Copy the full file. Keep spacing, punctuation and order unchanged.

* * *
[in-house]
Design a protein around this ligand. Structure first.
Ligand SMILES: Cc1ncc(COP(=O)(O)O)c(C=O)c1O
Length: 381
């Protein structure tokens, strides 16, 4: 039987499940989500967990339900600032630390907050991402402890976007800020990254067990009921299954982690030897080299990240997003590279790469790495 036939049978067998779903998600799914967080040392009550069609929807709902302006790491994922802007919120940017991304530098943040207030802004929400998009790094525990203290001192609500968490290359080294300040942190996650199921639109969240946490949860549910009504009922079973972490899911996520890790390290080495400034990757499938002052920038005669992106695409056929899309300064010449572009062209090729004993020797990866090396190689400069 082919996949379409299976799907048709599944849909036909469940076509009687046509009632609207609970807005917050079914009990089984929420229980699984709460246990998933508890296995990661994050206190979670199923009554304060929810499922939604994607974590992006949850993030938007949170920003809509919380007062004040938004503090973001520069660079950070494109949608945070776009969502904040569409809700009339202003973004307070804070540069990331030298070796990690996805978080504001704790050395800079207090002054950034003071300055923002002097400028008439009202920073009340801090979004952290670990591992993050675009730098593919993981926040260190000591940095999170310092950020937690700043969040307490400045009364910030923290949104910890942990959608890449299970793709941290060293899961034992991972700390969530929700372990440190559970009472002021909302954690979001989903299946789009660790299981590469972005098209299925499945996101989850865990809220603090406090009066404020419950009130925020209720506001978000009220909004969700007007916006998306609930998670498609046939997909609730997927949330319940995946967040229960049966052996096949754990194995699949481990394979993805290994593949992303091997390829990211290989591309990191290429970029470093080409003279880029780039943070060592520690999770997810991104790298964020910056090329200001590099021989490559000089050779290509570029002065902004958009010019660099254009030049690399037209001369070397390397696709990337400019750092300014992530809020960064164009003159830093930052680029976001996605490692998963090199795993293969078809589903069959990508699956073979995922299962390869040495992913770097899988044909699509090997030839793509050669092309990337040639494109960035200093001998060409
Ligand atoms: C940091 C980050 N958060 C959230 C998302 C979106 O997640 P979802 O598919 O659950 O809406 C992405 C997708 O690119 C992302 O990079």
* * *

[in-house]
Design a protein around this ligand. Structure first.
Ligand SMILES: Cc1ncc(COP(=O)(O)O)c(C=O)c1O
Length: 381
């Protein structure tokens, strides 16, 4: 039987499940989500967990339900600032630390907050991402402890976007800020990254067990009921299954982690030897080299990240997003590279790469790495 036939049978067998779903998600799914967080040392009550069609929807709902302006790491994922802007919120940017991304530098943040207030802004929400998009790094525990203290001192609500968490290359080294300040942190996650199921639109969240946490949860549910009504009922079973972490899911996520890790390290080495400034990757499938002052920038005669992106695409056929899309300064010449572009062209090729004993020797990866090396190689400069 082919996949379409299976799907048709599944849909036909469940076509009687046509009632609207609970807005917050079914009990089984929420229980699984709460246990998933508890296995990661994050206190979670199923009554304060929810499922939604994607974590992006949850993030938007949170920003809509919380007062004040938004503090973001520069660079950070494109949608945070776009969502904040569409809700009339202003973004307070804070540069990331030298070796990690996805978080504001704790050395800079207090002054950034003071300055923002002097400028008439009202920073009340801090979004952290670990591992993050675009730098593919993981926040260190000591940095999170310092950020937690700043969040307490400045009364910030923290949104910890942990959608890449299970793709941290060293899961034992991972700390969530929700372990440190559970009472002021909302954690979001989903299946789009660790299981590469972005098209299925499945996101989850865990809220603090406090009066404020419950009130925020209720506001978000009220909004969700007007916006998306609930998670498609046939997909609730997927949330319940995946967040229960049966052996096949754990194995699949481990394979993805290994593949992303091997390829990211290989591309990191290429970029470093080409003279880029780039943070060592520690999770997810991104790298964020910056090329200001590099021989490559000089050779290509570029002065902004958009010019660099254009030049690399037209001369070397390397696709990337400019750092300014992530809020960064164009003159830093930052680029976001996605490692998963090199795993293969078809589903069959990508699956073979995922299962390869040495992913770097899988044909699509090997030839793509050669092309990337040639494109960035200093001998060409
Ligand atoms: C940091 C980050 N958060 C959230 C998302 C979106 O997640 P979802 O598919 O659950 O809406 C992405 C997708 O690119 C992302 O990079």